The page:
Several artists impressions exist of an aircraft named the "DC-10 Twin" or DC-X which McDonnell Douglas considered in the early 1970s but never built. This would have been an early twinjet with a striking likeness to the Airbus A300 and similar performance characteristics, which was never progressed to a prototype. It could be argued that this was a major mistake on the part of McDonnell Douglas as it would have given them an early lead in the huge twinjet market that subsequently developed, as well as commonality with much of the DC-10's systems and engineering. Poor airline acceptance was cited at the time for not proceeding.
The KC-10 was the second consecutive McDonnell Douglas transport aircraft to be selected by the US Air Force in 1976. The first was the C-9 Nightingale. However, the buy of both aircraft was curtailed by the end of the Cold War. This curtailment combined with the loss of both the Advanced Tactical Fighter and Joint Strike Fighter contracts hurt McDonnell Douglas.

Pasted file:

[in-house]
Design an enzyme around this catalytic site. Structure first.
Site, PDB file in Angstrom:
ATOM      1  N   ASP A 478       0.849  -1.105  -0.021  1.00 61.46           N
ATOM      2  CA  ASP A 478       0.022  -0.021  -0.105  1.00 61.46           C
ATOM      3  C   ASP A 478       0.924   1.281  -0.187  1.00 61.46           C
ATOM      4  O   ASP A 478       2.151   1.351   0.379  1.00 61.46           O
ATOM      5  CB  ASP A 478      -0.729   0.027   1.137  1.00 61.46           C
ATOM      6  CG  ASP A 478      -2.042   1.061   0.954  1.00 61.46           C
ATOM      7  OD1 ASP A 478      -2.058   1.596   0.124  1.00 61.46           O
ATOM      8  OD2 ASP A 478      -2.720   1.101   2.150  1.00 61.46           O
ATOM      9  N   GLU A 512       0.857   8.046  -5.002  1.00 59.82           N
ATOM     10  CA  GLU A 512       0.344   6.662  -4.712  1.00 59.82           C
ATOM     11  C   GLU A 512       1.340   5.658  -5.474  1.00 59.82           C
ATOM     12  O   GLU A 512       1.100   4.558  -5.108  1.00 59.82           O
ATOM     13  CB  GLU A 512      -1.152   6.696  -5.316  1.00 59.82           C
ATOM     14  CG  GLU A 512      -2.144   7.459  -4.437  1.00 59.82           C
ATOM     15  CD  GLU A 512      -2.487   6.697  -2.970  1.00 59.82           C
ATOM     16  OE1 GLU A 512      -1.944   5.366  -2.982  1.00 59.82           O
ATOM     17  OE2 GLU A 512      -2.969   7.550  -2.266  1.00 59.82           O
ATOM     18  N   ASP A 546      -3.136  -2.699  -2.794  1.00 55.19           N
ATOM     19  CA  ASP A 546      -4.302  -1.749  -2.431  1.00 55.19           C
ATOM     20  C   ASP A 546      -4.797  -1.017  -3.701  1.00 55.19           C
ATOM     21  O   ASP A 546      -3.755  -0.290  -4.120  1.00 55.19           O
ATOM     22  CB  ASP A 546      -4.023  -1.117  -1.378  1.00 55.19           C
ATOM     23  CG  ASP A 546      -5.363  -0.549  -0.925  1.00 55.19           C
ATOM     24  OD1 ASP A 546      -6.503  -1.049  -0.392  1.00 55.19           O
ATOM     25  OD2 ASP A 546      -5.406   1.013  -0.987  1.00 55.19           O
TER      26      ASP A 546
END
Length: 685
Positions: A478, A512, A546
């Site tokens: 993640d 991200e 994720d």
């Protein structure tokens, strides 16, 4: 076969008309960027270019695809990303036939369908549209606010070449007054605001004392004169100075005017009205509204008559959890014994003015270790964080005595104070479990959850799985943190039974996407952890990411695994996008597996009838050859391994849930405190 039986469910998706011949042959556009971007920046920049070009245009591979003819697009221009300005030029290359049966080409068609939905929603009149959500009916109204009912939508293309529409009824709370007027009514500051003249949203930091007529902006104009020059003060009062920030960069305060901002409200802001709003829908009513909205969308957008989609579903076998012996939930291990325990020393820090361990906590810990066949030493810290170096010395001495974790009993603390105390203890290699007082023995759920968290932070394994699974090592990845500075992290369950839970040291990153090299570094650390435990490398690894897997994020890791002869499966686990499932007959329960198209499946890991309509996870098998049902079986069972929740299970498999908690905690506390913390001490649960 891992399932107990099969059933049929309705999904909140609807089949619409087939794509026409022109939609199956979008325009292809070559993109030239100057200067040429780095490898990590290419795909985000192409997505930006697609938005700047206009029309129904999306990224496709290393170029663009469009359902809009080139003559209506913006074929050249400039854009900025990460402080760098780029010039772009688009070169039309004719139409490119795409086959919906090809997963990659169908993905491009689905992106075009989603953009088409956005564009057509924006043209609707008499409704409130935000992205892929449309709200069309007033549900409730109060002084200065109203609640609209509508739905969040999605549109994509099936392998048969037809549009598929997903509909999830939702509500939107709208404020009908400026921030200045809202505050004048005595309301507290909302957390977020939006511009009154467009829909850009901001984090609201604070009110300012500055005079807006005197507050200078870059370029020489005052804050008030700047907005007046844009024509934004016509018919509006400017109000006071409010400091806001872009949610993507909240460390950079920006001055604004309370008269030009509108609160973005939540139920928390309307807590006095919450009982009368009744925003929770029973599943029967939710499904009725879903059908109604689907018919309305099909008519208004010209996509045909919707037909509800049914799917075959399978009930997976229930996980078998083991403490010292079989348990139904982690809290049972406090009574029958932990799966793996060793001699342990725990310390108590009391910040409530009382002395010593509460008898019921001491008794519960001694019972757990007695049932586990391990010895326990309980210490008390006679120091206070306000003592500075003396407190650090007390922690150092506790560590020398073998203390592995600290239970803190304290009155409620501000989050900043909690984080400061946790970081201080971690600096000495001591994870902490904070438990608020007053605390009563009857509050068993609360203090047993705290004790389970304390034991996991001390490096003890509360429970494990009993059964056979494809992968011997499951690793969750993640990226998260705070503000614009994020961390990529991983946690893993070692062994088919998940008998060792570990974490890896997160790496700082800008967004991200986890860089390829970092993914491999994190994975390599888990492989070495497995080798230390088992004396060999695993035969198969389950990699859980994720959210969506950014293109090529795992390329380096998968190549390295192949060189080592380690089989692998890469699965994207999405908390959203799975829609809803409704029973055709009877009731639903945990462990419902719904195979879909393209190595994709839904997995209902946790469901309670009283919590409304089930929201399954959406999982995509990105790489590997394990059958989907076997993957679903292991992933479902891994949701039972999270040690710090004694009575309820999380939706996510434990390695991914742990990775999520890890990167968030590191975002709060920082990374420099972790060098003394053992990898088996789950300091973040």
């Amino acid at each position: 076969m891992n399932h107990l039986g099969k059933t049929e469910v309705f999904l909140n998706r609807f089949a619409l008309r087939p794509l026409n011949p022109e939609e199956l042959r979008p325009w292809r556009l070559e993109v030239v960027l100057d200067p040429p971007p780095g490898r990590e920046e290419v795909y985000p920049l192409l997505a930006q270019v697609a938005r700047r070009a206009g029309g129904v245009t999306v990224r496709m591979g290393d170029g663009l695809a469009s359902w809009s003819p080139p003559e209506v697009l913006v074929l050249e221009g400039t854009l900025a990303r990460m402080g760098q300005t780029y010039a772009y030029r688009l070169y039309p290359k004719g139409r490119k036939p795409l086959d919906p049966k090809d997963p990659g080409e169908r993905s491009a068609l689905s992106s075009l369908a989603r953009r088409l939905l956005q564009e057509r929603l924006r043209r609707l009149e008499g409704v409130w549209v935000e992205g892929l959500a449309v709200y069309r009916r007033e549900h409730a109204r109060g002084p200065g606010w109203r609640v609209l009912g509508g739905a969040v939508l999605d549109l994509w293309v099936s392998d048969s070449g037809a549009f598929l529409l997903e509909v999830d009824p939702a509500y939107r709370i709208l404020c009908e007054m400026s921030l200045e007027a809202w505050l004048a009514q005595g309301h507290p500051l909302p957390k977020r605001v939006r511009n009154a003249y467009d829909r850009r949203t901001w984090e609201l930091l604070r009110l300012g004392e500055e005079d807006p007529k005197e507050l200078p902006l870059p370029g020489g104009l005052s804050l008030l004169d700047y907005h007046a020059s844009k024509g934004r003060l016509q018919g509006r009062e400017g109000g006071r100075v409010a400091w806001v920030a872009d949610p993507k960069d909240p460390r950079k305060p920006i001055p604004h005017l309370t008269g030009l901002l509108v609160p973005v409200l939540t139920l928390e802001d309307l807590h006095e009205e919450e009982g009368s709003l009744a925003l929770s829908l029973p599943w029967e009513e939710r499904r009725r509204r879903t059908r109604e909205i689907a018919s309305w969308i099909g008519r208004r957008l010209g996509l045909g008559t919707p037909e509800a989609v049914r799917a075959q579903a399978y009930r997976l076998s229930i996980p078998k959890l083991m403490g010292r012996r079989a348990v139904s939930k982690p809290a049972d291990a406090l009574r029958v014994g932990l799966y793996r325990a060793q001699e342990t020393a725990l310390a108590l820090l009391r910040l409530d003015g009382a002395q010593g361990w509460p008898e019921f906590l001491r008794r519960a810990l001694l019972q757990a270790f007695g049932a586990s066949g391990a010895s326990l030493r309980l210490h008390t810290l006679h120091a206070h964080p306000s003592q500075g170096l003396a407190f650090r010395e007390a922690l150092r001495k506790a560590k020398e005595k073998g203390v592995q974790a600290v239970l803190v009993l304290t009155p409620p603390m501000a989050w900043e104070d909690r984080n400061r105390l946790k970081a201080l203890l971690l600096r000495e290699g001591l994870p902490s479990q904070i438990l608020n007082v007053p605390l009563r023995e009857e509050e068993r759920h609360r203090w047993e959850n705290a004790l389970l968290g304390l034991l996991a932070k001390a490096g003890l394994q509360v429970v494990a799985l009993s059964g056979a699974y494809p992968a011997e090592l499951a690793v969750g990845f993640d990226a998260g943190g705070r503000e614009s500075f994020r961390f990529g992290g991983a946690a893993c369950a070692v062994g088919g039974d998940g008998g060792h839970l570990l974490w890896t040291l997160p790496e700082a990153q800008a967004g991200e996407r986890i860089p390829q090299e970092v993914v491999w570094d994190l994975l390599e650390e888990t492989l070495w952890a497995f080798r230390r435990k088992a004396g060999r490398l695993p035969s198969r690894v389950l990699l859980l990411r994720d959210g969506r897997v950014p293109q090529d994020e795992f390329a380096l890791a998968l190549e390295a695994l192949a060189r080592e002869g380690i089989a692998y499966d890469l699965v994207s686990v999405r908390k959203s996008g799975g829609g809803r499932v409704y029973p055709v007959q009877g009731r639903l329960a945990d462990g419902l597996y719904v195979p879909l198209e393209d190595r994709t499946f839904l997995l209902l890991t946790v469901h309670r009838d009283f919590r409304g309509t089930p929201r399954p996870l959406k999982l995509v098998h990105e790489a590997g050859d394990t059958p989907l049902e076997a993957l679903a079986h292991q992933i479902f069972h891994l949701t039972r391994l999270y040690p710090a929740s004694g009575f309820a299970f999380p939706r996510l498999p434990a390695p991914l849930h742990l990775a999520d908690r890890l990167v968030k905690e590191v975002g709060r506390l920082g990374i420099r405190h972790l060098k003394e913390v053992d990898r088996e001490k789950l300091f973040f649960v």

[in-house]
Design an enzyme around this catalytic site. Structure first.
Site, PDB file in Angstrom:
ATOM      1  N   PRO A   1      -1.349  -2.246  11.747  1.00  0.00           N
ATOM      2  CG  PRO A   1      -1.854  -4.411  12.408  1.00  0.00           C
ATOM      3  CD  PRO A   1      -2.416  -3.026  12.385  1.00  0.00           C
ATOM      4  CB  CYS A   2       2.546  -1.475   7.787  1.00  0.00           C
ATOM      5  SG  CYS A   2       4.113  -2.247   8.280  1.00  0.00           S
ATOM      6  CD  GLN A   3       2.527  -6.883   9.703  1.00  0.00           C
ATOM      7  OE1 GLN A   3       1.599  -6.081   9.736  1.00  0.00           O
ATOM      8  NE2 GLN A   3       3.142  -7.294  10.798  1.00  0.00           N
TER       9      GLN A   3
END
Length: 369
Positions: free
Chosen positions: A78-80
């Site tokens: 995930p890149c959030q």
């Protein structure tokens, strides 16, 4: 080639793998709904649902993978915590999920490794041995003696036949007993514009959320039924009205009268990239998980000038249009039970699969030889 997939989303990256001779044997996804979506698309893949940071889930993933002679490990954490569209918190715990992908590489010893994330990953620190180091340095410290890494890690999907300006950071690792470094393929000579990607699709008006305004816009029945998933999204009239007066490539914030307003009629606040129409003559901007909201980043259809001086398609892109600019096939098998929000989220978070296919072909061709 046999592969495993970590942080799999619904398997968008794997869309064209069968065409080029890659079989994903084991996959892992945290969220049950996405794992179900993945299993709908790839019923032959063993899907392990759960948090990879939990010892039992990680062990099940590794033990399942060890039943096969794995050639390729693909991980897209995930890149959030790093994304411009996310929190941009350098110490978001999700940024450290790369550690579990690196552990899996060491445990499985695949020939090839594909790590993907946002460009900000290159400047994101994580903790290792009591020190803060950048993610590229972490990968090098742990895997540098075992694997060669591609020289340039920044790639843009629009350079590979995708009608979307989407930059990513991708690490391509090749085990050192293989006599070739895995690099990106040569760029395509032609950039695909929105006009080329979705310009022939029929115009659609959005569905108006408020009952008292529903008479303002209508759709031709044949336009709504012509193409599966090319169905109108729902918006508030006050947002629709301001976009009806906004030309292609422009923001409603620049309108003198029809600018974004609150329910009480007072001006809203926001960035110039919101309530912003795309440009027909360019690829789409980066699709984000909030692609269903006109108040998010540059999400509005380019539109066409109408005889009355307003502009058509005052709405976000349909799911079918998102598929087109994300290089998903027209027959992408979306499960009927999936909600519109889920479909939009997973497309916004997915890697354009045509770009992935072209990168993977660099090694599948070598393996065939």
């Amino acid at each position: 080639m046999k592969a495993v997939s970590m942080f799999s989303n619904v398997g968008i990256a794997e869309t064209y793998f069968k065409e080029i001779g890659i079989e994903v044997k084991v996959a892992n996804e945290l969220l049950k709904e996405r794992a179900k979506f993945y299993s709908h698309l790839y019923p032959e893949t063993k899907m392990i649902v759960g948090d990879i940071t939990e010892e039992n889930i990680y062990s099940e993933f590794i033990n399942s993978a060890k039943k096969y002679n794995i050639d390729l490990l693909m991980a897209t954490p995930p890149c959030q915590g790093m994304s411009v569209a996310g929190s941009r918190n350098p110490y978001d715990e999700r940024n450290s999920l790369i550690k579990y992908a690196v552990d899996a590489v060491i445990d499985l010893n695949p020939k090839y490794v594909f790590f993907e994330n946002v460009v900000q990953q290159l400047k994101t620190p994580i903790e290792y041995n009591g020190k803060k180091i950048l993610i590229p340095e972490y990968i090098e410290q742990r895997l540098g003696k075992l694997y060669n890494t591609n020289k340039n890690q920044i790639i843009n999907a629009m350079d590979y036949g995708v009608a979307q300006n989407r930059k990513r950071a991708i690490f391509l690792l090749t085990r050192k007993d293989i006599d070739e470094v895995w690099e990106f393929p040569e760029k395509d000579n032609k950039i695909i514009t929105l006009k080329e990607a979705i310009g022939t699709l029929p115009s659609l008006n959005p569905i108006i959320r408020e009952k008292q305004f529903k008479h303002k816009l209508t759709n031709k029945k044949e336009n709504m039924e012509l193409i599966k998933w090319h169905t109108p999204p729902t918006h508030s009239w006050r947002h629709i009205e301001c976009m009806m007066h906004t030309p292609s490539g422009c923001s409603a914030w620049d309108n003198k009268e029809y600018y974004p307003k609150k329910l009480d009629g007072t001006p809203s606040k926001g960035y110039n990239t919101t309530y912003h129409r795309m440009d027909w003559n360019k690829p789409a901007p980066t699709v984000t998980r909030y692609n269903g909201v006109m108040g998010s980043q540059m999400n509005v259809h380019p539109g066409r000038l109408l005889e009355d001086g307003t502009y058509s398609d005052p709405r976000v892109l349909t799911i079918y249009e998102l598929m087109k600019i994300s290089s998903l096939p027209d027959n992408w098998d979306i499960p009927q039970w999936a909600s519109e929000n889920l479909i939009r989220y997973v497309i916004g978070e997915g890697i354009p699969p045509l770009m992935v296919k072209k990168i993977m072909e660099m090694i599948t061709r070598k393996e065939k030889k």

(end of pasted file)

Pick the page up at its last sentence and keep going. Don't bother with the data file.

Through the years, McDonnell Douglas also produced many successful military aircraft, including the F-15 Eagle (1974) and the F/A-18 Hornet (1975) as well as the Harpoon and Tomahawk missiles. The oil crisis of the 1970s was a serious shock to the commercial aviation industry and McDonnell Douglas was forced to contract heavily and also began to diversify to reduce the impact of potential future downturns.
In 1984, McDonnell Douglas expanded into helicopters by purchasing Hughes Helicopters from the Summa Corporation. McDonnell-Douglas paid $500 million for the company, which renamed the McDonnell Douglas Helicopter Company. This became McDonnell Douglas Helicopter Systems in 1985. McDonnell Douglas Helicopters most successful product was the Hughes' designed AH-64 Apache attack helicopter.